How to Roast a Whole Chicken

Roasting a whole chicken is a very cost effective way to feed your family, and it is super easy. I pick up whole chickens when they are on sale and either roast for dinner, or roast and use the meat for a meal that calls for cooked chicken. Most whole chickens will feed my family for two meals - as I shred up the leftover chicken for either chicken soup, chicken salad sandwiches, or quesadillas. I used to be intimidated by whole chickens, but not let's get roasting, ready?

Roasted Whole Chicken

4-6 lb whole chicken
1 lemon
10-12 cloves of garlic
1-2 tbsp olive oil

Preheat your oven to 425 degrees. Unwrap your chicken from the wrapper and remove the packet inside that includes the neck and giblets (I hate this part, but it is necessary). Rise your chicken in cold water and pat dry with paper towels. Place in a roasting pan, breast side up, and set aside.
I flavor my chickens with lemon and garlic, but you can really use any herbs and seasonings, or just stick with salt, pepper and olive oil (or butter). You will need about 10-12 cloves or garlic, peeled. I find the easiest way to get the peel off garlic is to give them a good smack with the back of a kitchen knife, and then the peel is easy to remove. I know that sounds like a lot of garlic, but it isn't. Whole garlic tends to get sweet when cooked for a long period of time, unlike minced garlic which is much stronger. Don't be afraid of the garlic; it is a perfect pair to the lemon.
It is okay if your garlic is slightly smashed, it just helps to release the oils and flavor. You will also need a whole lemon. Roll it on the counter to get the juices flowing and cut in half. I squeeze the lemon halves over the chicken, and then cut the lemons in half again, so you have quarters. Place two of the lemon quarters inside the cavity of the chicken, along with half of the garlic.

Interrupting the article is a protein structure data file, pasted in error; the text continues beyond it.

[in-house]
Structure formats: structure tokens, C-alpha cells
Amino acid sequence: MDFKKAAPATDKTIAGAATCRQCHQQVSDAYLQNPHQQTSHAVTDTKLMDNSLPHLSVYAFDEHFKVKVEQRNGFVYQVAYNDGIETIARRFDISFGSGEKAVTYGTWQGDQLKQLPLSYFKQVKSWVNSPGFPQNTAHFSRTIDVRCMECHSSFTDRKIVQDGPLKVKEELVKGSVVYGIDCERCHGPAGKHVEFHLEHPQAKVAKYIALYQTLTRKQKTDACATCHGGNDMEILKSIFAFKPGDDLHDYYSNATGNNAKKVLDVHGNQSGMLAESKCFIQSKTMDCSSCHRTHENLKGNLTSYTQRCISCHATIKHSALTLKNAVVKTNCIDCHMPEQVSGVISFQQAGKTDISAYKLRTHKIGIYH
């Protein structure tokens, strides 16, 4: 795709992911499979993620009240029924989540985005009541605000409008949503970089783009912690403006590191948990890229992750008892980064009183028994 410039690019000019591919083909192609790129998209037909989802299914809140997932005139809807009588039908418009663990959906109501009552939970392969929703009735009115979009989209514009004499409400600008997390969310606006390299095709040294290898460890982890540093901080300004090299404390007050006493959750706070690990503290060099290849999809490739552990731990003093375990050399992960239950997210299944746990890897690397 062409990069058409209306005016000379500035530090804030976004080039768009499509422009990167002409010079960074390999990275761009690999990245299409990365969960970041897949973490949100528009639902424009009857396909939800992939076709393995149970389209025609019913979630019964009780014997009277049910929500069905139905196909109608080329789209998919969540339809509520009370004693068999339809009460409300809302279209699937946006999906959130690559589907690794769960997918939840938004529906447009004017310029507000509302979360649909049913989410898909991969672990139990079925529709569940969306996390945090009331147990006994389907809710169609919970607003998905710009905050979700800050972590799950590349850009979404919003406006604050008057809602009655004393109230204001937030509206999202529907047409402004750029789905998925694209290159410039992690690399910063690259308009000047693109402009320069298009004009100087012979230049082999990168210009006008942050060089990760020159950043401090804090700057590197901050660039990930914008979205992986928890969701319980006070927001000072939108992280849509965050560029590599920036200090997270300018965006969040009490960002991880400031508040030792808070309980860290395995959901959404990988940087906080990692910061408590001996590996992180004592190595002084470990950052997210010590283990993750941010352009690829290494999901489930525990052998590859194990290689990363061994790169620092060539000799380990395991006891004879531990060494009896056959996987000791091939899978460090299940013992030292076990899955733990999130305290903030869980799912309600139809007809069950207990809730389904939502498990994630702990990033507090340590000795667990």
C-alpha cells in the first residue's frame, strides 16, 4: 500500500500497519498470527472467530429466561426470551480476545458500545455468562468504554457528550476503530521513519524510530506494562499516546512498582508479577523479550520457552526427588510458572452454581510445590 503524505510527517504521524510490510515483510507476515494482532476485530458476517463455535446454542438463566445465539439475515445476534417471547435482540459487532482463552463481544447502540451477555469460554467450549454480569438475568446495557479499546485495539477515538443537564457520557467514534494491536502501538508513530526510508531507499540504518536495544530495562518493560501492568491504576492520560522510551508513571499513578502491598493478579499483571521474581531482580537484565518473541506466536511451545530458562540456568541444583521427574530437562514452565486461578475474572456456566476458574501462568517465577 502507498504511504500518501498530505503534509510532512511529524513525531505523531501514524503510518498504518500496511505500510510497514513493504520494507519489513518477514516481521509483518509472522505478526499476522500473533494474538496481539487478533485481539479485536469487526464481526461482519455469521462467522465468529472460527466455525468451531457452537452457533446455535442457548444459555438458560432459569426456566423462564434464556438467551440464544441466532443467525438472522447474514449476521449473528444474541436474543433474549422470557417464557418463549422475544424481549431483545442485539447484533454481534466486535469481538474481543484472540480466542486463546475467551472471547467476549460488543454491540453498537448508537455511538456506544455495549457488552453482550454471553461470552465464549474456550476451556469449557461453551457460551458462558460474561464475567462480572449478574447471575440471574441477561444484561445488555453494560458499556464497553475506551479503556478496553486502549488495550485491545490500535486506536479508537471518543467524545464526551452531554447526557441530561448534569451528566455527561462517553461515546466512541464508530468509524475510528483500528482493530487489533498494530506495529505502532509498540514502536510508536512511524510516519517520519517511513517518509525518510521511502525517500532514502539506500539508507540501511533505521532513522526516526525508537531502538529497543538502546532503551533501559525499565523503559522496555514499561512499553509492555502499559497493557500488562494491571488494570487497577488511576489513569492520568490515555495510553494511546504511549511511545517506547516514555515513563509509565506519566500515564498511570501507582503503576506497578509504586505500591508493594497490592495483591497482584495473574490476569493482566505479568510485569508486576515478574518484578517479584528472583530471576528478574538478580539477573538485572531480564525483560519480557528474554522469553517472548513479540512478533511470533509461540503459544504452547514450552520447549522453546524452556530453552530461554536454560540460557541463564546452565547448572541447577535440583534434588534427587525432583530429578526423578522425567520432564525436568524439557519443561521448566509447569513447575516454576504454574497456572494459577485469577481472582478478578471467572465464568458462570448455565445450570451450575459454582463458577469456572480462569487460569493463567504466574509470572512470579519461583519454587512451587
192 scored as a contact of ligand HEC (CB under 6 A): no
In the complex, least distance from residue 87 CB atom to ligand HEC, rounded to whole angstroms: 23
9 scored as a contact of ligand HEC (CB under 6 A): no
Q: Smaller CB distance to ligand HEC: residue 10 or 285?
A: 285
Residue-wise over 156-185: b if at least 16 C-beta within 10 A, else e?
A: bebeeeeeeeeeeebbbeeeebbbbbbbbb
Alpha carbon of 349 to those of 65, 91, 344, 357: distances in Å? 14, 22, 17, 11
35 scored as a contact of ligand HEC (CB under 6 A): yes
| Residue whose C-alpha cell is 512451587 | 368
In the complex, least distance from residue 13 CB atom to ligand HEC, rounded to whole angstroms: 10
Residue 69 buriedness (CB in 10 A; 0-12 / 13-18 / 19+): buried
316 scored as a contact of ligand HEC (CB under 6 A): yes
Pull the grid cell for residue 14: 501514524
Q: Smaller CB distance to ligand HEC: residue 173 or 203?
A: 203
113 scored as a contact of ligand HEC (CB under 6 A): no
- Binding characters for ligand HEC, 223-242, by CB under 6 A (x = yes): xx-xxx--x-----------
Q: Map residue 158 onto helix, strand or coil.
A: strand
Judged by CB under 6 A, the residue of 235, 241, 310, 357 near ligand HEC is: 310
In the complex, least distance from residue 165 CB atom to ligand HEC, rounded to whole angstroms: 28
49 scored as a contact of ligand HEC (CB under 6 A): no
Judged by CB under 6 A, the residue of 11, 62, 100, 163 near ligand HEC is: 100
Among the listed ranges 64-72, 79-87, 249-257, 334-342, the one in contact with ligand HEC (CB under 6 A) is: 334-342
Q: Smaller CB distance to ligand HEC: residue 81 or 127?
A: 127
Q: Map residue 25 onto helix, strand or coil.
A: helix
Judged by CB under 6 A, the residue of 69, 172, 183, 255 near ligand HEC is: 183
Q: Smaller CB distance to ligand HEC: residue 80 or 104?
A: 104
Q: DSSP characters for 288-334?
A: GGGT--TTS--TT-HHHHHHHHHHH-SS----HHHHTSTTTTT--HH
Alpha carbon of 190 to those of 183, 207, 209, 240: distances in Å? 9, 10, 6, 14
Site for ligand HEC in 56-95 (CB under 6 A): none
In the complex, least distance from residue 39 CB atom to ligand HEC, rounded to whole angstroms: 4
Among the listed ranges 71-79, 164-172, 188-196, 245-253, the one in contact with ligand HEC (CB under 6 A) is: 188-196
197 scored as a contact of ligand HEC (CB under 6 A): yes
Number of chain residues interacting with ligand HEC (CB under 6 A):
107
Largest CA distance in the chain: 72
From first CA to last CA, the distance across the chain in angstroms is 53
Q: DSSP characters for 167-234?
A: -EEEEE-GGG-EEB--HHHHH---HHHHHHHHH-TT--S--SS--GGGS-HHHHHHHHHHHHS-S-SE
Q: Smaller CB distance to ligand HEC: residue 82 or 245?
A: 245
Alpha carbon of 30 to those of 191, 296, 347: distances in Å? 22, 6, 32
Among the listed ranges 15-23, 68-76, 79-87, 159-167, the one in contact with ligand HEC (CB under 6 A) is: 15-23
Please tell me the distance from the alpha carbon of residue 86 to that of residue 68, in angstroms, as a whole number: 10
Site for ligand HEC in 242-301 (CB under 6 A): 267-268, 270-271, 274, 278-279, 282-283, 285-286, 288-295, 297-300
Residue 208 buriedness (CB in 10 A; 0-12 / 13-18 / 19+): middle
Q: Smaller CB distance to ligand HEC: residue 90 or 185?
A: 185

Drizzle the olive oil over the chicken and season generously with salt and pepper, and place remaining garlic and lemon quarters in the pan. Place in preheated oven, and after 30 minutes, start basting the chicken to help give it extra flavor. Basically basting means to spoon the juices that gather in the pan over the chicken (you will have to tilt the pan so they come to one side). Initially there won't be much to spoon but after you start basting the juices will multiple. I do this after 30 minutes and then every 10-15 minutes until it is done.Cook for approximately 60-75 minutes (or longer depending on the size of your chicken, mine was 5 pounds), or until internal temperature reaches 165 degrees. If your chicken starts looking too browned on the top, you can tent it with aluminum foil in the oven to prevent burning. My mom always checks for doneness by cutting slightly into the leg to see if the juices run clear. If they are clear, the chicken is done. Let cool for about 10 - 15 minutes in pan. It will be impossible to cut into pieces if you try to do this while it is hot. Once your chicken has cooled, place on large cutting board and cut into pieces. I usually cut the legs off first, then the wings, then the breasts and thighs.
Now you have a delicious roasted chicken to serve for dinner. Enjoy!


  1. Mmmm, nothing like a roasted chicken dinner. Nice butchering job. I'm hungry now.


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